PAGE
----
We set sail into the dreaded Gulf of Alaska on the tail end of a gale, in the theory that this gave us the maximum weather window to make a safe crossing into the protection of the Inside Passage. I don’t deny that things have gone terribly wrong for many the mariner in this notorious gulf, but our passage proved that our minds are just as capable of stirring up a tempest as the North Pacific. We motored most the way.
Even though well offshore, we traveled in the shadow of Mount St. Elias. This stunning peak rises directly out of the sea to a towering 18,008 feet, making it the most dramatic vertical rise in North America if not the world.
We might have made it all the way into Cross Sound with the entire Gulf safely behind us, but our curiosity about the remote and road less village of Yakutat got the better of us.
No sooner had we tied to the town dock than we met sailor and fisherman, Les Holcome. Les took Diana and I home for hot showers and to meet his wife, Robin, several beautiful daughter-in-laws, and for as young as Robin looked, more grandchildren than I could count.
When Les and Robin, their sons Herb, Curt, Nick, and daughter, Sonja, aren’t sailing the family Morgan Out Island 35 through the Caribbean for the winter months, they live in Yakutat helping each other build their homes, rig their boats, set their long lines, mend their nets, and make their living as professional fishermen. Even pretty 18- year old Sonja owns her own halibut quota.
Les explained he could not take me out to the famous fishing rivers the next day because he had promised to take Sonja out to pull her long line, which had been soaking for the maximum of two days. I have never been on a commercial fishing boat, and was very curious as to just what the process was that brings these fine fish to our home and restaurant tables.
Technically I was allowed onboard only as a visitor, or in this case a photojournalist. I.E. I should not participate directly in the fishing. But truth be known, it is hard to stay out of the fray when a monster halibut, by far outweighing Sonja, hits the deck with attitude. Simply put, commercial fishing is not for the faint of heart or frail of limb. It is hard work, gruesome work, and one of the most dangerous occupations known. Still, Les and Sonja yelled with joy, “BIG butt!” every time a flopping barn door appeared on the surface. By the end of a long day Sonja had her 2000-pound quota and I had an aching back but fascinating experience.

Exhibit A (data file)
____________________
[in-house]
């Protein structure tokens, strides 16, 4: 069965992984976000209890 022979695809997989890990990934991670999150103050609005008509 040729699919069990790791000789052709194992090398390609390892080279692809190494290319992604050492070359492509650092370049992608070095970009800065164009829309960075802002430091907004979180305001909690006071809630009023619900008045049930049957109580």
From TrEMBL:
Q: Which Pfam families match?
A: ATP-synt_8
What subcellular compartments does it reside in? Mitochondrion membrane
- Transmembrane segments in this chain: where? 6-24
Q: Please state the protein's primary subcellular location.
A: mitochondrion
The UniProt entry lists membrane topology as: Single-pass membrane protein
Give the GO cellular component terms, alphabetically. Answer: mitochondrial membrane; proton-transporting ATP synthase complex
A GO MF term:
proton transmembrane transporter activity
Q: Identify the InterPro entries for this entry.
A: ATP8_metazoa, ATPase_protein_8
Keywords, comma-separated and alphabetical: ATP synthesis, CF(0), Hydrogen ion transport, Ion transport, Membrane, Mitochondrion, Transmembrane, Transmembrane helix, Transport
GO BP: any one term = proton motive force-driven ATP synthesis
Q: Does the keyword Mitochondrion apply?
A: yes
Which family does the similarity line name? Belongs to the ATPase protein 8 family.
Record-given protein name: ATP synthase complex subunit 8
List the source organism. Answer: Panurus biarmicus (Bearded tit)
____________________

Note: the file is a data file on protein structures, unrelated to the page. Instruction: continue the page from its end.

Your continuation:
Yakutat boasts world-class sport fishing and a large airstrip. Recreational anglers from “outside” (the lower 48) fly in to stay at any one of several outfitting lodges. Curt Holcome told me that occasionally for entertainment, he goes out to the airport to watch them offload. He says that even while they are walking down the plane’s ramp to the tarmac, almost without fail, the first thing the tourists do is turn on their cell phones. Curt just loves watching their expressions turn from confusion to a form of electronic vertigo as they discover, that in spite of its air connections and being officially in the US of A, Yakutat has no cell phone coverage whatsoever. The locals affectionately refer to their edge of the earth town as Yakustan, and appear in no hurry to catch up with the rest of the modern world.
With the next weather window, we set sail down Gulf of Alaska’s lee shore towards Cross Sound and the protection of the inside passage. We had hoped to stop in Lituya Bay, but the narrow inlet demands entrance only in daylight, with light winds and at slack tide. We did not enjoy the confluence of these conditions.
Lituya was scene of a catastrophic event in 1964, when an 8.3 magnitude earthquake triggered a landslide. At 1700 feet, the ensuing tsunami wave remains the highest wave ever recorded on earth, and the scars of destruction remain on the mountainside to this day. Although very remote, the event did not go un-witnessed. Three fishing boats were anchored in the bay. One was never seen again, but incredibly, the other two rode out a series of five unimaginable waves, and lived to tell their amazing tale.
Alaska dwarfs its sister states in scale and extremes. When Texans boast how large their state and everything in it is, Alaskans just smile. They jokingly threaten to divide Alaska in two, thus making Texas our third largest state. Alaska boasts the northern most and westernmost point in the USA. Denali is by far the highest mountain, Juneau is our largest city by area. I intend to spend the next week confirming that Admiralty Island alone boasts more brown bears than all the rest of the US combined. The truth is, everything is bigger in Alaska, and a lot of it bites.